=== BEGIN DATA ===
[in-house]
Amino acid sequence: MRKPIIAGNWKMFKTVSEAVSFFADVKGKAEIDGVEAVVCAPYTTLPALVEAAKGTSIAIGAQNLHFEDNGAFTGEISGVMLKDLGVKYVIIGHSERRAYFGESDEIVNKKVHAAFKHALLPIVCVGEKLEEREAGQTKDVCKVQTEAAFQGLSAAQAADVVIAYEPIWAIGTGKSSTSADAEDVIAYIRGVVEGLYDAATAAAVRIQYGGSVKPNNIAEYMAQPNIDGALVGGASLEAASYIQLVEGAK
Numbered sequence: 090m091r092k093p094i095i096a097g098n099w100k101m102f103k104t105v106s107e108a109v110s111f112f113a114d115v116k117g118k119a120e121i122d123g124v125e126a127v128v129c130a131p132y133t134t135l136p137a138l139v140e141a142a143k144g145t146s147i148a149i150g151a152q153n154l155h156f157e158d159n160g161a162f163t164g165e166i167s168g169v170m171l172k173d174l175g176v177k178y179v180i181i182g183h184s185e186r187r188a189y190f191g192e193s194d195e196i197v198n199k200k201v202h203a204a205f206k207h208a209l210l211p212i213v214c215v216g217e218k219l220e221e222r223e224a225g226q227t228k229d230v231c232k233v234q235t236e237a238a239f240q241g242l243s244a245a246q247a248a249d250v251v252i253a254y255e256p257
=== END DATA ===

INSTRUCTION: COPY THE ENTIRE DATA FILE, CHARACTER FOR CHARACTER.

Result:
[in-house]
Amino acid sequence: MRKPIIAGNWKMFKTVSEAVSFFADVKGKAEIDGVEAVVCAPYTTLPALVEAAKGTSIAIGAQNLHFEDNGAFTGEISGVMLKDLGVKYVIIGHSERRAYFGESDEIVNKKVHAAFKHALLPIVCVGEKLEEREAGQTKDVCKVQTEAAFQGLSAAQAADVVIAYEPIWAIGTGKSSTSADAEDVIAYIRGVVEGLYDAATAAAVRIQYGGSVKPNNIAEYMAQPNIDGALVGGASLEAASYIQLVEGAK
Numbered sequence: 090m091r092k093p094i095i096a097g098n099w100k101m102f103k104t105v106s107e108a109v110s111f112f113a114d115v116k117g118k119a120e121i122d123g124v125e126a127v128v129c130a131p132y133t134t135l136p137a138l139v140e141a142a143k144g145t146s147i148a149i150g151a152q153n154l155h156f157e158d159n160g161a162f163t164g165e166i167s168g169v170m171l172k173d174l175g176v177k178y179v180i181i182g183h184s185e186r187r188a189y190f191g192e193s194d195e196i197v198n199k200k201v202h203a204a205f206k207h208a209l210l211p212i213v214c215v216g217e218k219l220e221e222r223e224a225g226q227t228k229d230v231c232k233v234q235t236e237a238a239f240q241g242l243s244a245a246q247a248a249d250v251v252i253a254y255e256p257